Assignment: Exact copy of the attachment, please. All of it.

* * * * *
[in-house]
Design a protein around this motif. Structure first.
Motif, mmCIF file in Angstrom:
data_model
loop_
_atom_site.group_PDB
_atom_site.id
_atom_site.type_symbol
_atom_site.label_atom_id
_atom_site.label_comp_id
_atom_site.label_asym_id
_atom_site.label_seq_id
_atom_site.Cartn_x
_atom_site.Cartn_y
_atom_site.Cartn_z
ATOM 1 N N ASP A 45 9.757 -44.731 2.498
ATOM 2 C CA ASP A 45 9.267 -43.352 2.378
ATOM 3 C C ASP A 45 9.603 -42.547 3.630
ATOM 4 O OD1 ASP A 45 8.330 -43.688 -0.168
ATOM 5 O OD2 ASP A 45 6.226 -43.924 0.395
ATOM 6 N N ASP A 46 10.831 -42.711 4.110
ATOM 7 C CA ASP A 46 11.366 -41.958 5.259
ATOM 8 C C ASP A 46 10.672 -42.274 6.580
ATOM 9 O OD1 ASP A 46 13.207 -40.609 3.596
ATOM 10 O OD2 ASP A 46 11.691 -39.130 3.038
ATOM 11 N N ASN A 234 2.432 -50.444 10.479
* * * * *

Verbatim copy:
[in-house]
Design a protein around this motif. Structure first.
Motif, mmCIF file in Angstrom:
data_model
loop_
_atom_site.group_PDB
_atom_site.id
_atom_site.type_symbol
_atom_site.label_atom_id
_atom_site.label_comp_id
_atom_site.label_asym_id
_atom_site.label_seq_id
_atom_site.Cartn_x
_atom_site.Cartn_y
_atom_site.Cartn_z
ATOM 1 N N ASP A 45 9.757 -44.731 2.498
ATOM 2 C CA ASP A 45 9.267 -43.352 2.378
ATOM 3 C C ASP A 45 9.603 -42.547 3.630
ATOM 4 O OD1 ASP A 45 8.330 -43.688 -0.168
ATOM 5 O OD2 ASP A 45 6.226 -43.924 0.395
ATOM 6 N N ASP A 46 10.831 -42.711 4.110
ATOM 7 C CA ASP A 46 11.366 -41.958 5.259
ATOM 8 C C ASP A 46 10.672 -42.274 6.580
ATOM 9 O OD1 ASP A 46 13.207 -40.609 3.596
ATOM 10 O OD2 ASP A 46 11.691 -39.130 3.038
ATOM 11 N N ASN A 234 2.432 -50.444 10.479